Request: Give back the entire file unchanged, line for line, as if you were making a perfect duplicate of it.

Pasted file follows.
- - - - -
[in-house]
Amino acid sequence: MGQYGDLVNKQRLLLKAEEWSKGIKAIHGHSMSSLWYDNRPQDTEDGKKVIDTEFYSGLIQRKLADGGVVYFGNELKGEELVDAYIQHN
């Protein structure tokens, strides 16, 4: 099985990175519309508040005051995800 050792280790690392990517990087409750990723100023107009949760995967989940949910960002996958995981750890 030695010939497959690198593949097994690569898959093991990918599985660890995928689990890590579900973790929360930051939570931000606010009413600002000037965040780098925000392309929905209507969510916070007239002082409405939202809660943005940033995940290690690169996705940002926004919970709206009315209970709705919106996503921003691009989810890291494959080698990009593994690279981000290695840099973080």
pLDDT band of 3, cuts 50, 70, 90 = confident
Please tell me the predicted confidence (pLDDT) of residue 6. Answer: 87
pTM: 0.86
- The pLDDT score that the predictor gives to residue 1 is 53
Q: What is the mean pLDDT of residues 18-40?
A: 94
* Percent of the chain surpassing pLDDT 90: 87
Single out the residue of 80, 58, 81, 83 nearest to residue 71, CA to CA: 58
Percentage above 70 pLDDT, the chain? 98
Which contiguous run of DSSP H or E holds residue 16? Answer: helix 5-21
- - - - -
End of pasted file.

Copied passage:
[in-house]
Amino acid sequence: MGQYGDLVNKQRLLLKAEEWSKGIKAIHGHSMSSLWYDNRPQDTEDGKKVIDTEFYSGLIQRKLADGGVVYFGNELKGEELVDAYIQHN
């Protein structure tokens, strides 16, 4: 099985990175519309508040005051995800 050792280790690392990517990087409750990723100023107009949760995967989940949910960002996958995981750890 030695010939497959690198593949097994690569898959093991990918599985660890995928689990890590579900973790929360930051939570931000606010009413600002000037965040780098925000392309929905209507969510916070007239002082409405939202809660943005940033995940290690690169996705940002926004919970709206009315209970709705919106996503921003691009989810890291494959080698990009593994690279981000290695840099973080």
pLDDT band of 3, cuts 50, 70, 90 = confident
Please tell me the predicted confidence (pLDDT) of residue 6. Answer: 87
pTM: 0.86
- The pLDDT score that the predictor gives to residue 1 is 53
Q: What is the mean pLDDT of residues 18-40?
A: 94
* Percent of the chain surpassing pLDDT 90: 87
Single out the residue of 80, 58, 81, 83 nearest to residue 71, CA to CA: 58
Percentage above 70 pLDDT, the chain? 98
Which contiguous run of DSSP H or E holds residue 16? Answer: helix 5-21